In a world that continues to evolve rapidly, the way we build software too is in a constant state of flux. The heavy architectures of yesterday have given way to new, lighter, more agile architectures such as reactive programming.
What Is Reactive Programming?
At its core, reactive programming is a way of defining inter-communications and codependent behaviors of program components, so that there is minimal interdependence..
In simple terms, this is achieved by each individual component exposing data about changes happening within them in a format and medium accessible to others, while allowing other components to act upon this data if it is of any relevance to them.
In today’s always-on, completely mobile world users expect responses in milliseconds, along with 100% uptime. Only systems that are responsive, resilient, elastic and message driven can deliver this kind of performance, which is why they can be termed ‘reactive systems’. And in order to build reactive systems, we must employ ‘reactive programming’.
How Did Reactive Programming Come To Be?
As a technique, reactive programming has been in existence since the seventies (and perhaps even before) and is not something that rose to prominence recently. For instance, when the Graphical User Interface (GUI) was first introduced, reactive programming techniques could have been used to reflect changes in the mouse pointer’s position on the screen.
Examples of Reactive Programming At Work
In general, reactive programming can be seen in action in the following instances:
- External Service Calls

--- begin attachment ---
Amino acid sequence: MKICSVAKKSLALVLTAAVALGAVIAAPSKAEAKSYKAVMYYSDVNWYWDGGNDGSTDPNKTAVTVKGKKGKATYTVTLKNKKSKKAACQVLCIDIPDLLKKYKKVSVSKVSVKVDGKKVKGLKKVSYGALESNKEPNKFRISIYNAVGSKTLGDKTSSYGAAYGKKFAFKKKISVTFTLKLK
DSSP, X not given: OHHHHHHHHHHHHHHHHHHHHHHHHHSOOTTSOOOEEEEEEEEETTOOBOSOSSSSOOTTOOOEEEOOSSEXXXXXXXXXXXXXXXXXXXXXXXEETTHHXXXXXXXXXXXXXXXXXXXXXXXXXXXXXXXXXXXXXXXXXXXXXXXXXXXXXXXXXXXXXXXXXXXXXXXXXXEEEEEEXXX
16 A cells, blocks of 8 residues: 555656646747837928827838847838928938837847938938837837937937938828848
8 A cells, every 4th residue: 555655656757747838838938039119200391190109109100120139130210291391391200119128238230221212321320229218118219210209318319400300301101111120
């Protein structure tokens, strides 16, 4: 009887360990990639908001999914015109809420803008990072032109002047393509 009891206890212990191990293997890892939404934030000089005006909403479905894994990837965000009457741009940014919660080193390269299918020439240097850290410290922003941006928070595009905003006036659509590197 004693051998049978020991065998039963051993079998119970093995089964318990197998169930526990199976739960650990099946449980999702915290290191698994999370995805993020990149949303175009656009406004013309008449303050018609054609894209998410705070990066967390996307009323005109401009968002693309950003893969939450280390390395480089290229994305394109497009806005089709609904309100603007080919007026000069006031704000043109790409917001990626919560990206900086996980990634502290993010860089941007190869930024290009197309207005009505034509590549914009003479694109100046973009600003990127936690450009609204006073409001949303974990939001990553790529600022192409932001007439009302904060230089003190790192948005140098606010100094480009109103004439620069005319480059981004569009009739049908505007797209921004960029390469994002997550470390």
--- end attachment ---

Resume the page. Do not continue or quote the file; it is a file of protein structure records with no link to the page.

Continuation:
Under reactive techniques, a developer will be able to optimize the execution of any external HTTP or REST calls, thus benefiting from the promise of ‘composability’ offered by reactive programming.
- Highly Concurrent Message Consumers
Reactive programming can also be used in situations where messages need to be processed between multiple systems, a need that frequently arises in the enterprise space. The patterns of reactive programming are a perfect fit for message processing since events usually translate well into a message.
Often the favourite tool (or bane) of many cubicle dwellers, Excel is another perfect example of reactive programming at play. Think of a scenario where you built a model with interdependencies between several cells. A group of cells will be linked to one cell, or even another spreadsheet. Making a change in the precedent cell, will automatically force changes in the dependent cells. This is in effect, reactive programming at play.
When To Use Reactive Programming
In practice, programmers use both reactive and traditional techniques. As such, there is no definitive guide on when to use reactive programming and when not to. It’s more of an intuitive understanding, which a developer will gain over time through experience and countless hours of coding.
As a rule of thumb, if an application’s architecture is simple and straightforward, a developer may be better served by sticking to traditional code structuring methods. Breaking this rule may leave you with an over-engineered product on your hands, which is undesirable.
But, as with all things, proceed with caution. If you do end up following a reactive programming technique over imperative or some other technique, you will essentially be accepting a much higher level of code complexity, in return for more flexibility and robustness in the components of your program. Therefore, it is upto you to weigh the costs against the benefits.
The reactive landscape has evolved so much that today, we have Reactive UIs, ReactiveX APIs, and even Reactive microservices. Overall, these developments point towards a very bright future for reactive programming as a practice.
That wraps up our thoughts on the evolution of reactive programming.
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